I received a phone inquiry recently from a mother concerning her adult son. Apparently, he has been diagnosed with bi-polar disorder and has had numerous problems with school, drugs and the law as a result. He was put on medication but has stopped taking it and has refused any kind of therapy. The mother had read about SMART Recovery, a free alternative group style self-help program for alcohol and drug treatment based on principles of Rational Emotive Therapy and Cognitive Therapy.
Most recently he had been arrested. His car was stopped for reckless driving and he was found to have an unprescribed bottle of anti-anxiety drugs in his possession. The mother wanted to know if the self-group would be worthwhile.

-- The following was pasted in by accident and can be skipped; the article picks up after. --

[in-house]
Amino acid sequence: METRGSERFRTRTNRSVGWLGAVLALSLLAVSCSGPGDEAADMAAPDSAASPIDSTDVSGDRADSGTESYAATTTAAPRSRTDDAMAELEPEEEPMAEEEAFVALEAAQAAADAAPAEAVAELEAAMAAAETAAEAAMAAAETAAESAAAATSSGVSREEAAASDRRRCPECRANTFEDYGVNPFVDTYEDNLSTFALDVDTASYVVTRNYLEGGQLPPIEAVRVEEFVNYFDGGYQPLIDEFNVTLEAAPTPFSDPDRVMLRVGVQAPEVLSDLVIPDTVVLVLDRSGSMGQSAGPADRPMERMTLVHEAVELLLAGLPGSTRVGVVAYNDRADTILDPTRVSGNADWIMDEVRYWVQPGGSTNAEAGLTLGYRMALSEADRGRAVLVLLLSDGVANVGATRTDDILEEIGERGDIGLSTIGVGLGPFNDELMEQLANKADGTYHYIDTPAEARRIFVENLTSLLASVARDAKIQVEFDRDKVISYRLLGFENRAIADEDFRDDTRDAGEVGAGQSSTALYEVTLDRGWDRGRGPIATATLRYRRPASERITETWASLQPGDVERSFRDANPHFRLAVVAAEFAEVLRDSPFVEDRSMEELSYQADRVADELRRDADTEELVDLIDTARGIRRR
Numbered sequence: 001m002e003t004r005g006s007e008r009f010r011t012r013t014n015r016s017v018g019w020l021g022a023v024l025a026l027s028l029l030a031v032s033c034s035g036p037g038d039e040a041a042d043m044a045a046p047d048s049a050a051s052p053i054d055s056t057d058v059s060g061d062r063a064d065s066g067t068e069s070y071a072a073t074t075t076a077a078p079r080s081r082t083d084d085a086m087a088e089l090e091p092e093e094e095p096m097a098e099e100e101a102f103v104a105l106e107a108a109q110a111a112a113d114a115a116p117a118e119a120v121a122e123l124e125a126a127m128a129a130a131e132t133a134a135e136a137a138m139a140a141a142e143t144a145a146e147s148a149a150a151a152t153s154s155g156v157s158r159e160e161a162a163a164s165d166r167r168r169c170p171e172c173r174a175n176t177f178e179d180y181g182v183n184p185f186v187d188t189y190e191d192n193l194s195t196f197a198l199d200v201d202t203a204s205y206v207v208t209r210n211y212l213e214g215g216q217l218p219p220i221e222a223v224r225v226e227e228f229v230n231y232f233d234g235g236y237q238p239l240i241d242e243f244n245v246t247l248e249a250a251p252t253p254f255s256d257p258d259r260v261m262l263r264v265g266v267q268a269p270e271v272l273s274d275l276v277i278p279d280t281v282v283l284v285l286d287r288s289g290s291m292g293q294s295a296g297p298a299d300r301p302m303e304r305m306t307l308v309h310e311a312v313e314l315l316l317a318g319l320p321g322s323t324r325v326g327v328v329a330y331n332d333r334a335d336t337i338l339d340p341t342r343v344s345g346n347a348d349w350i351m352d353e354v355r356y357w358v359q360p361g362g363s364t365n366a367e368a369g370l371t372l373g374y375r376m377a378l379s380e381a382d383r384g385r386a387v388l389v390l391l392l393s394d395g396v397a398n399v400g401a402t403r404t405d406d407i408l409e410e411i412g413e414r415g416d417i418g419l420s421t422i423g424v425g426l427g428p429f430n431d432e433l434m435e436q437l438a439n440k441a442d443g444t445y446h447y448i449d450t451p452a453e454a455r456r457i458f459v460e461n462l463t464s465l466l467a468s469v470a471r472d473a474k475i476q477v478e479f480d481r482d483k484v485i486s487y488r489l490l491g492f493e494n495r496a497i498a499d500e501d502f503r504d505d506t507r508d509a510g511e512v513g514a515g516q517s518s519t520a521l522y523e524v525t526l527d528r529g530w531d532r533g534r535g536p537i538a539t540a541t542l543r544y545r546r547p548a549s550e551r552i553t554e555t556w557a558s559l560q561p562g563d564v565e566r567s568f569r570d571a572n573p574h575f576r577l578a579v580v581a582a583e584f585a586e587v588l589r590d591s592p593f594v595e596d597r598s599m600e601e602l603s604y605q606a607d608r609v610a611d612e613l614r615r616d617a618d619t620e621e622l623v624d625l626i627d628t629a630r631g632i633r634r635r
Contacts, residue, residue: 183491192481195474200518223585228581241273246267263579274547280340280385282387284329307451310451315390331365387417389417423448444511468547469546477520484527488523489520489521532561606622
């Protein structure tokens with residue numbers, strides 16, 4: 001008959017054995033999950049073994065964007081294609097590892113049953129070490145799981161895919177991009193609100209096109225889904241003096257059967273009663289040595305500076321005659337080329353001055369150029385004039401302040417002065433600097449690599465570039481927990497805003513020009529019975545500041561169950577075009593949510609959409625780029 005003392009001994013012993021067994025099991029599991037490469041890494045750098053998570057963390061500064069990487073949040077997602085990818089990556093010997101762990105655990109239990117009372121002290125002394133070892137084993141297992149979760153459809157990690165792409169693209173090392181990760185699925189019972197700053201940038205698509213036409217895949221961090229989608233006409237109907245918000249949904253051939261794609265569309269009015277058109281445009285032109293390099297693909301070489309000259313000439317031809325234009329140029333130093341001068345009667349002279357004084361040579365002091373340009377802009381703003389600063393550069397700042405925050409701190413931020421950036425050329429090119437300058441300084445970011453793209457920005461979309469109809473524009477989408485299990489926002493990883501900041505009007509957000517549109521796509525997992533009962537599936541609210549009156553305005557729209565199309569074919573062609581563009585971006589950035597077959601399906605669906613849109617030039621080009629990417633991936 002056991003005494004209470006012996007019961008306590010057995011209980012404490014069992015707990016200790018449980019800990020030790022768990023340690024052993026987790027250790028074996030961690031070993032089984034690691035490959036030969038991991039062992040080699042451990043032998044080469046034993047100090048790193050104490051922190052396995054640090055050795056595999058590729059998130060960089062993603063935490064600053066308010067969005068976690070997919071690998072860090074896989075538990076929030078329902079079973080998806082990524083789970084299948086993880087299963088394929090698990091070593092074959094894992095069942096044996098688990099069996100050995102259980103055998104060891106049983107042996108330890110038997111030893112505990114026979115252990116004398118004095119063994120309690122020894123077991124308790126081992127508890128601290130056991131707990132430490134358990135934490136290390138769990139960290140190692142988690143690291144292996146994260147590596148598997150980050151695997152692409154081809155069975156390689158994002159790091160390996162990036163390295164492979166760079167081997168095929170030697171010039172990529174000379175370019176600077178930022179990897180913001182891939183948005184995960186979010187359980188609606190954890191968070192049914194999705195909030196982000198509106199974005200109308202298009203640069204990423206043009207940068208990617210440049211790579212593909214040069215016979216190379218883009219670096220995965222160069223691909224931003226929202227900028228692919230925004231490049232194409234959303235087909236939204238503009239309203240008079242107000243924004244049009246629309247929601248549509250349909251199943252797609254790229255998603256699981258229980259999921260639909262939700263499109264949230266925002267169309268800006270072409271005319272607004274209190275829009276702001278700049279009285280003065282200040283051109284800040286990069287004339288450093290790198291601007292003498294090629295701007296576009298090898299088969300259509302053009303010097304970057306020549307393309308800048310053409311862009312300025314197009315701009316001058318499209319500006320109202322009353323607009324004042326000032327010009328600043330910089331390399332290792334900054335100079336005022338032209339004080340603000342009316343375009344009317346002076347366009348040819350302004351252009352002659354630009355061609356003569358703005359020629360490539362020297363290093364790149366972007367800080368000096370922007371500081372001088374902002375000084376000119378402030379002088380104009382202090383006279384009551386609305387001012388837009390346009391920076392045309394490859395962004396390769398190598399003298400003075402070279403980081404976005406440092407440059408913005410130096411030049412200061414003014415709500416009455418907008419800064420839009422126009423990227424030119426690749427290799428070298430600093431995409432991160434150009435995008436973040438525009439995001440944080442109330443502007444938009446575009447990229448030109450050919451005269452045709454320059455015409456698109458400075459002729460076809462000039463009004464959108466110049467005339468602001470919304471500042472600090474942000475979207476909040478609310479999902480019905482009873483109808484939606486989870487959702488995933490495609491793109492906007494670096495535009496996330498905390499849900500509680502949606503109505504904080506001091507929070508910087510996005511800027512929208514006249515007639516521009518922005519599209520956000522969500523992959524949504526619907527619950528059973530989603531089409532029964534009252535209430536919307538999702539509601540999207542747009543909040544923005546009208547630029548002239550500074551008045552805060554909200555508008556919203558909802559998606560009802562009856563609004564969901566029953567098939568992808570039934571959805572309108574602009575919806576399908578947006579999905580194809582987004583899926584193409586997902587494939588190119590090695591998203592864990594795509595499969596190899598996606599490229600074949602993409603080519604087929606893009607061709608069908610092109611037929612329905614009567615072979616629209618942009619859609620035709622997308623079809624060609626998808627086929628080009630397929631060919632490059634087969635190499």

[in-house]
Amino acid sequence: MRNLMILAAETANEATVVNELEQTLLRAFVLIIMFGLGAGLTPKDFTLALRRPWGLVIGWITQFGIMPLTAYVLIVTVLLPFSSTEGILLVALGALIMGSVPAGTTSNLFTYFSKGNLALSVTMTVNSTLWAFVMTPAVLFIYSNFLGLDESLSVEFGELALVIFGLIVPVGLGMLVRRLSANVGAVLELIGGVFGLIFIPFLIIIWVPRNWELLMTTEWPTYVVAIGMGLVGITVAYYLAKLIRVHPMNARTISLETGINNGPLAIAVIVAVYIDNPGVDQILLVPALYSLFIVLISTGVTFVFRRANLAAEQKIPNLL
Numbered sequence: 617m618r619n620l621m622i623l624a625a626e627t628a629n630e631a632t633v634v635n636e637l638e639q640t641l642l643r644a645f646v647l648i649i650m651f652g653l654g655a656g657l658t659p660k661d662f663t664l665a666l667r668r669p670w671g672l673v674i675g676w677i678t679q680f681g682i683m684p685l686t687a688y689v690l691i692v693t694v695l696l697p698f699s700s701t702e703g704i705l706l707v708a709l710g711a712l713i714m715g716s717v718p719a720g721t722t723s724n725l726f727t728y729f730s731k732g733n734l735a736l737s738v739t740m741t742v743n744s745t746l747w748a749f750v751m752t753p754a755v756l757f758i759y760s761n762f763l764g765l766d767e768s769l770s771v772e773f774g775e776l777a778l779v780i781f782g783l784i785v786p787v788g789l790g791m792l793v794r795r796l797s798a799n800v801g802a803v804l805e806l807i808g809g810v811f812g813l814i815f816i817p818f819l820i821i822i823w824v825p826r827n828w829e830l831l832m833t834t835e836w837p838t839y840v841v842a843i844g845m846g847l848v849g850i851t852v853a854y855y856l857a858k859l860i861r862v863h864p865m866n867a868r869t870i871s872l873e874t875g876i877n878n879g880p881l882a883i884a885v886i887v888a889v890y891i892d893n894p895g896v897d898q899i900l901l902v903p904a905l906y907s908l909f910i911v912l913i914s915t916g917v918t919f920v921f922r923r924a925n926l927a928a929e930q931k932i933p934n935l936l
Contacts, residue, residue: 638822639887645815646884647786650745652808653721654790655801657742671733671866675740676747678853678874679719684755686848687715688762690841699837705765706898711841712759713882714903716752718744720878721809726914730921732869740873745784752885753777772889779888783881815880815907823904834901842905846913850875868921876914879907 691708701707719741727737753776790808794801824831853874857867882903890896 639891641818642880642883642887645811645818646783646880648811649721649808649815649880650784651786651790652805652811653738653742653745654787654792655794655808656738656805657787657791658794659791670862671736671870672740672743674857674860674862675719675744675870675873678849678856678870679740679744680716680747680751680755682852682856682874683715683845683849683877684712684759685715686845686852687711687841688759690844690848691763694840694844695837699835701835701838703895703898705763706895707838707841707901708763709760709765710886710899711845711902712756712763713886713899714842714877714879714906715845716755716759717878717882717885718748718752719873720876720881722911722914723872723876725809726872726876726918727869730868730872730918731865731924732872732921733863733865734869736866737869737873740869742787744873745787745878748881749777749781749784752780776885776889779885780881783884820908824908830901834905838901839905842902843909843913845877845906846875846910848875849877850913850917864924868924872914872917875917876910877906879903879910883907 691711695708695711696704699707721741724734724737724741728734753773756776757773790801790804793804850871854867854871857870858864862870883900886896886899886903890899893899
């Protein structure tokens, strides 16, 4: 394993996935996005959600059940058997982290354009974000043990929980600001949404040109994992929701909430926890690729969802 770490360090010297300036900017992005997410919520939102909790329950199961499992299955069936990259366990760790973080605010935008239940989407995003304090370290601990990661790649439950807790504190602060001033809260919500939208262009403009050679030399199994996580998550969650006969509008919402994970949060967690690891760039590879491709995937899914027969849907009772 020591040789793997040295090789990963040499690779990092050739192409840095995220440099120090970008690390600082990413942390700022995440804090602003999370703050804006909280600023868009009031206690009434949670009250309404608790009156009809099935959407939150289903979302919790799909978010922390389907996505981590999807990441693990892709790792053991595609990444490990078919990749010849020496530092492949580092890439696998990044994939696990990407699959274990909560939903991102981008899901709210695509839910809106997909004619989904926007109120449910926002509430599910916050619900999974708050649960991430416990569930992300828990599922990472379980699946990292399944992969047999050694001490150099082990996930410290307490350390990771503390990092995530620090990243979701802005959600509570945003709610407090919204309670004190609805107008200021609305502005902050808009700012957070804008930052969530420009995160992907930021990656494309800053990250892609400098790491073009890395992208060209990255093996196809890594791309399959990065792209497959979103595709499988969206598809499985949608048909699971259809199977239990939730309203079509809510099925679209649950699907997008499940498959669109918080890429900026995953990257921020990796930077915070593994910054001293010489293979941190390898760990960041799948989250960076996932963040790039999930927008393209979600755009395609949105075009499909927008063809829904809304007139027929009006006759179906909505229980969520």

Since bi-polar disorder is made up of both severe depression coupled with periods of behaving in impulsive and manic ways, I told her straight out that her son needed to be on his medication and in individual treatment. I felt the voluntary group self help might be useful in addition but not in place of the other treatments. When she replied again that he wouldn’t cooperate, I told her to allow the natural consequences to unfold and allow him to stay in jail until his court date. The judge will determine whether he will go to jail or insure that he gets treatment in lieu of jail time. With bi-polar disorder, beyond the medication, treatment needs to address his underlying core issues and help him develop better awareness of this thought and control over his feelings. I did not explore with mom the details of her “enabling” behaviors but pointed out if she continued to bail him out, more serious problems were likely in store.
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